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132P/Helin-Roman-Alu 2

Past, Present, and Future Orbits by Kazuo Kinoshita

A. Nakamura image of 132P exposed on 1997 November 23
Copyrightę1997 by Akimasa Nakamura (Kuma Kogen Astronomical Observatory, Japan)

This is the recovery image obtained by A. Nakamura. The CCD image was taken on 1997 November 23.57, using a 0.60-m f/6 Ritchey-Chretien telescope.

Discovery

     Eleanor F. Helin, B. Roman, and Jeff Alu discovered this comet using the 0.46-m Schmidt telescope at Palomar Observatory on 1989 October 26. They estimated the magnitude as 16.

Historical Highlights

  • Using the available positions, Daniel W. E. Green (Central Bureau for Astronomical Telegrams) published an elliptical orbit on 1989 October 30. It indicated a perihelion date of 1989 October 5, a perihelion distance of 1.69 AU, and an orbital period of 5.55 years. Green revised the orbit on November 2. The result was a perihelion date of 1989 October 31.7, a perihelion distance of 1.976 AU, and a period of 9.06 years. After several more months of observations, the period proved to be 8.19 years.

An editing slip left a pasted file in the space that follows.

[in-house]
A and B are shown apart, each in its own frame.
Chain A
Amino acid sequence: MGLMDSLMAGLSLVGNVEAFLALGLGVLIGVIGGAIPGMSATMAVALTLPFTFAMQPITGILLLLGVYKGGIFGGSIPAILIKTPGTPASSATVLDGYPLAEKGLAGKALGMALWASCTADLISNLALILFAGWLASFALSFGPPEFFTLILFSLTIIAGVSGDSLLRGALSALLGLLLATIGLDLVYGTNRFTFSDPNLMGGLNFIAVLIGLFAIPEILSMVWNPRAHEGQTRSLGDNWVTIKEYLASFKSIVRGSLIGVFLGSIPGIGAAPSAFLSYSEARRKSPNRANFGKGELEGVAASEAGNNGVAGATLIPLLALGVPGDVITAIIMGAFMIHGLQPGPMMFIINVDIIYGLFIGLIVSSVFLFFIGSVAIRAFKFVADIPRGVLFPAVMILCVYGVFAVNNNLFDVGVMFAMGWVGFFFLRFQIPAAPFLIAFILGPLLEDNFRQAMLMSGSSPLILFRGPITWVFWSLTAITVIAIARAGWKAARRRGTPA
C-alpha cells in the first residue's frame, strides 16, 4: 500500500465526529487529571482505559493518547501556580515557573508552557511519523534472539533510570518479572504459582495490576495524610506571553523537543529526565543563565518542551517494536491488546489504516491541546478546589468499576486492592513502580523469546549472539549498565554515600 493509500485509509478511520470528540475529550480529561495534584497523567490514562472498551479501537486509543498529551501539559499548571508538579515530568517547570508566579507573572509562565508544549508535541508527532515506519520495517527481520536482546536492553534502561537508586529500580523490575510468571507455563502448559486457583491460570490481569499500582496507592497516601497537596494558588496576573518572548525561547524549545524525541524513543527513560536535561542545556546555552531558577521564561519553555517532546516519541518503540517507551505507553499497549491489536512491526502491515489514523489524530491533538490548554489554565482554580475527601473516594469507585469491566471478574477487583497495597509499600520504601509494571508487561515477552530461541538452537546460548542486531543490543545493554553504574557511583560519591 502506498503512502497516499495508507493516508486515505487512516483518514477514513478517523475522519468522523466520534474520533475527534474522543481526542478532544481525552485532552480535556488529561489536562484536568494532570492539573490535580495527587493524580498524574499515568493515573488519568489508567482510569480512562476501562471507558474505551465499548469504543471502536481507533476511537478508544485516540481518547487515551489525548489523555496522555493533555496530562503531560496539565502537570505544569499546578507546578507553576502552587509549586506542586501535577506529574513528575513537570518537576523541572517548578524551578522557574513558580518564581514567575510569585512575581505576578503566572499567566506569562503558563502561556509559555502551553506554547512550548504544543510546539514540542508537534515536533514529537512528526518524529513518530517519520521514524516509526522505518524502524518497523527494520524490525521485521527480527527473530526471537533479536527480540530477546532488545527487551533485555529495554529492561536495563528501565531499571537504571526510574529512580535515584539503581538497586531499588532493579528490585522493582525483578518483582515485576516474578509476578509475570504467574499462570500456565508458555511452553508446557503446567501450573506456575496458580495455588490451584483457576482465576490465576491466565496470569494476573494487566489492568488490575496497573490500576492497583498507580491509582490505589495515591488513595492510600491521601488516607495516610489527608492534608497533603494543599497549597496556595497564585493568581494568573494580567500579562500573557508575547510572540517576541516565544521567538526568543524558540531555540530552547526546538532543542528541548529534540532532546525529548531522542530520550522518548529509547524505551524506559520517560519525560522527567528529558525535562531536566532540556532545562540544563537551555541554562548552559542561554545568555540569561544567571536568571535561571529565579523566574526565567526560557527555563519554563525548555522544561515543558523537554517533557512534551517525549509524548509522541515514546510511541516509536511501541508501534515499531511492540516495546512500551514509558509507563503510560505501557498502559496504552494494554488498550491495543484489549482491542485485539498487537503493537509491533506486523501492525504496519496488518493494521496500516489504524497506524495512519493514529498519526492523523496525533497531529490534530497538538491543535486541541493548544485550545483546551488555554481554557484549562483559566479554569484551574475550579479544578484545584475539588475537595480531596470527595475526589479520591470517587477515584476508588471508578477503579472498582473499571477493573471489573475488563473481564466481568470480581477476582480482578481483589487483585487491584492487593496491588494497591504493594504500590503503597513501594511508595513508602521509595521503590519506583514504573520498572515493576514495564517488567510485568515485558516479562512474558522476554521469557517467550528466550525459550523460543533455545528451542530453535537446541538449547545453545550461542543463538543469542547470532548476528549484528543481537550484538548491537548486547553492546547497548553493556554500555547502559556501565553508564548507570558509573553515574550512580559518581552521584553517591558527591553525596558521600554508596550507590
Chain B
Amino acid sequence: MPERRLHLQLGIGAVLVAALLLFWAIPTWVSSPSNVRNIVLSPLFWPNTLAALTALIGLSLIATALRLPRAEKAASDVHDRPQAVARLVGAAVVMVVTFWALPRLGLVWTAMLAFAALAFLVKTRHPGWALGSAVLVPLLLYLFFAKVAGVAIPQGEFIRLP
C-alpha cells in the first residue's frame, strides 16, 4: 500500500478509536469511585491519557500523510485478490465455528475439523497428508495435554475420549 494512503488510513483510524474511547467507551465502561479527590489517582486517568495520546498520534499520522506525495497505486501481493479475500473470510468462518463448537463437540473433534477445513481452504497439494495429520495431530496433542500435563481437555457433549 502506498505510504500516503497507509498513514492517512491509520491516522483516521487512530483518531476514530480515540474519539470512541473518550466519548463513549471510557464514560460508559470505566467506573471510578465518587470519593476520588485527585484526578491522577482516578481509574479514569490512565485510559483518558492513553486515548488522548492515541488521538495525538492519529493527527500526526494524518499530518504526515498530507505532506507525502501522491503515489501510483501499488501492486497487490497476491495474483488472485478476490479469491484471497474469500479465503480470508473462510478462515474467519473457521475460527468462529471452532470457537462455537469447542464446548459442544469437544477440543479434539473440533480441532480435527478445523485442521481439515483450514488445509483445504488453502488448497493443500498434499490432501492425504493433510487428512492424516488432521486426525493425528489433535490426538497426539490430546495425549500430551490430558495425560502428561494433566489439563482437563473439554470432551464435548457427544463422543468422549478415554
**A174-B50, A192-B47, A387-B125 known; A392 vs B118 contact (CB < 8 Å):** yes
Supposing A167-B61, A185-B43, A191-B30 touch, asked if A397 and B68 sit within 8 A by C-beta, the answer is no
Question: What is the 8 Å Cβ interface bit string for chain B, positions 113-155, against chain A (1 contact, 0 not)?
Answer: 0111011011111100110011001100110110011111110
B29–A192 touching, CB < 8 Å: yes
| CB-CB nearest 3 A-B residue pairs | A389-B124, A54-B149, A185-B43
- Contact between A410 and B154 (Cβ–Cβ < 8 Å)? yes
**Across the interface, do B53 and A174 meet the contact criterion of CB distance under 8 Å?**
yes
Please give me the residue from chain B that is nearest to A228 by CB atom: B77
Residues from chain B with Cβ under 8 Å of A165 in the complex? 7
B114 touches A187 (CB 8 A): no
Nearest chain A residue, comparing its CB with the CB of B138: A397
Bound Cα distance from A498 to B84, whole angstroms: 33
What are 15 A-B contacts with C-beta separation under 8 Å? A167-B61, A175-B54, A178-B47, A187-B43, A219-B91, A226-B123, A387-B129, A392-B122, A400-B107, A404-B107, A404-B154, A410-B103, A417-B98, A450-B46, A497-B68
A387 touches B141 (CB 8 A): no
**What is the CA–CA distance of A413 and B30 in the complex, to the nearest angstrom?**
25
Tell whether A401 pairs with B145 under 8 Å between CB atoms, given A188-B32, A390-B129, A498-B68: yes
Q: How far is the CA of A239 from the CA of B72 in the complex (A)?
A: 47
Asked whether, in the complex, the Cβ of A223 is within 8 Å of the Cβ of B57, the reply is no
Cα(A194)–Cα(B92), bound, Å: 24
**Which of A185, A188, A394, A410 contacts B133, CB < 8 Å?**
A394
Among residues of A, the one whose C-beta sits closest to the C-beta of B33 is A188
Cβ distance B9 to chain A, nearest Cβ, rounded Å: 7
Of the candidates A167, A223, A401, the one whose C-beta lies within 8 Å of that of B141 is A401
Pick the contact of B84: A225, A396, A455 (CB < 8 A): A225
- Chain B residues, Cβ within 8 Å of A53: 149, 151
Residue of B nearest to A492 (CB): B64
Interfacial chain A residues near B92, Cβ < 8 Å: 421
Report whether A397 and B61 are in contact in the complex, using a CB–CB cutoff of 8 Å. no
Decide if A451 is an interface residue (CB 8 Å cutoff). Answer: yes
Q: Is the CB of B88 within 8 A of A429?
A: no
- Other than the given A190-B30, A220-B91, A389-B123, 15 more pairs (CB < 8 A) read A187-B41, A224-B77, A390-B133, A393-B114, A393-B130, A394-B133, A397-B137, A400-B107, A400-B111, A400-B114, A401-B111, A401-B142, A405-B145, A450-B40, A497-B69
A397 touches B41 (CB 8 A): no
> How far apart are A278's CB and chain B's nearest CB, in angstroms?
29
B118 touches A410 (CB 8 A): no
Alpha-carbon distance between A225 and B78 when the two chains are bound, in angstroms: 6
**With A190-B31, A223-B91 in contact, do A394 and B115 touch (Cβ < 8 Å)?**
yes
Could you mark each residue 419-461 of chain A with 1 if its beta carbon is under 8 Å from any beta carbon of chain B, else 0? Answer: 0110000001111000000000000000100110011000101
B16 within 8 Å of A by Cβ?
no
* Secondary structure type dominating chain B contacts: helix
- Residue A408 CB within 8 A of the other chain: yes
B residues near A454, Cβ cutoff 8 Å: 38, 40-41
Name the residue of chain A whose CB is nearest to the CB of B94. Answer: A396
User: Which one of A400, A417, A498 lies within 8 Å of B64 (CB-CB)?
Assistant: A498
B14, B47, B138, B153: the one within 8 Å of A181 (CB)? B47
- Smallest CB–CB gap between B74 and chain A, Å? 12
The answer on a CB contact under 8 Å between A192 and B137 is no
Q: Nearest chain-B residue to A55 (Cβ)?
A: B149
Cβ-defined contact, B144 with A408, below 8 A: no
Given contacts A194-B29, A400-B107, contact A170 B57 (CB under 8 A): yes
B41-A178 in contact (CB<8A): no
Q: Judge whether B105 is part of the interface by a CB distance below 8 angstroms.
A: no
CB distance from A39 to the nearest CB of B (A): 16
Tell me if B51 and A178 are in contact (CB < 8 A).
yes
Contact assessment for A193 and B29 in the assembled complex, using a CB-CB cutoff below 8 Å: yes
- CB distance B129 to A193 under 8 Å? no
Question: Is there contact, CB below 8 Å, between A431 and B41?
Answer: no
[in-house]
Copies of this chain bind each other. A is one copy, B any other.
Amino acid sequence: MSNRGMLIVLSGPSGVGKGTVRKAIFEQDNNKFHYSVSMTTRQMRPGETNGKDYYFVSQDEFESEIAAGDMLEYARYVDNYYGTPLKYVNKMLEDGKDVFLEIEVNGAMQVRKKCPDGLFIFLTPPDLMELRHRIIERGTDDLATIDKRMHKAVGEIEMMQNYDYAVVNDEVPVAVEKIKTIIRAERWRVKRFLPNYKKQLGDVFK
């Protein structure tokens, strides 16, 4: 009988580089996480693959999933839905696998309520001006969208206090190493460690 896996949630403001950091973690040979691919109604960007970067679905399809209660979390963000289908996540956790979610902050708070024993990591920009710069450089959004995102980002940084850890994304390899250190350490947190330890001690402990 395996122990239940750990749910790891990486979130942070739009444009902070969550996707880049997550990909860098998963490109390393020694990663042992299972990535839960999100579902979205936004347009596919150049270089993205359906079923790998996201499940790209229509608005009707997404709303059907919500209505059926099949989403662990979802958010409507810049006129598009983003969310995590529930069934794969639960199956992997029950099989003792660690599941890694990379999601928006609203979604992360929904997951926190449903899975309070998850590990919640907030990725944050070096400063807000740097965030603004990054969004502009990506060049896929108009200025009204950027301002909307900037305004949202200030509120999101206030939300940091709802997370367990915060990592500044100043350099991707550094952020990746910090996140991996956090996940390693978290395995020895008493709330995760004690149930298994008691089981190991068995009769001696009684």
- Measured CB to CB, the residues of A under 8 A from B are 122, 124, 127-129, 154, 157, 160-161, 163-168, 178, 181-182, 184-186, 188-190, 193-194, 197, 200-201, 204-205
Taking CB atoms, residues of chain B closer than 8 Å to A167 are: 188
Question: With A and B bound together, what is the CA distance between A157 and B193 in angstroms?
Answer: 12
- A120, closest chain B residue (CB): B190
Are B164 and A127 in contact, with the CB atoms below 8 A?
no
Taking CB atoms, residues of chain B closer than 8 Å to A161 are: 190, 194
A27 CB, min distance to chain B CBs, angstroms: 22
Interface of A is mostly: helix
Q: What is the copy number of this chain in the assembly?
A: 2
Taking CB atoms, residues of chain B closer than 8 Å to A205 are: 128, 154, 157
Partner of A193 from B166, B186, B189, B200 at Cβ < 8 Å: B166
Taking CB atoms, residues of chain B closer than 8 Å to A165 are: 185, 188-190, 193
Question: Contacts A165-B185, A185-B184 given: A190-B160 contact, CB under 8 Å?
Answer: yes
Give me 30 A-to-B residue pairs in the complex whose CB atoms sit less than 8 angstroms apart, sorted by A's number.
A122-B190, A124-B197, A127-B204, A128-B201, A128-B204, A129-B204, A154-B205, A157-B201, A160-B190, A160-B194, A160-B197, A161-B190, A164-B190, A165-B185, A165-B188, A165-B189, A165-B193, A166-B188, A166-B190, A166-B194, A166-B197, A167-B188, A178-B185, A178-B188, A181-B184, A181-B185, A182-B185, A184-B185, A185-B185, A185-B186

• The comet changed little in brightness following its discovery, and then began to slowly fade after mid-November as it moved away from both the sun and Earth. It was last detected on 1990 February 27.
  • The comet was expected to return to perihelion during 1997. It was recovered by C. W. Hergenrother using the Smithsonian Astrophysical Observatory's 1.2-m reflector on Mt. Hopkins on 1997 July 13.46. The image showed a slight diffuseness. Further images on July 14 confirmed this was the comet and the nuclear magnitude was determined as 19.6. A short tail was also visible in PA 250 degrees. The precise positions indicated the prediction by B. G. Marsden (Central Bureau for Astronomical Telegrams) required a correction of -0.6 day. The comet passed perihelion on 1997 November 10. It did not exceed a brightness of magnitude 17.
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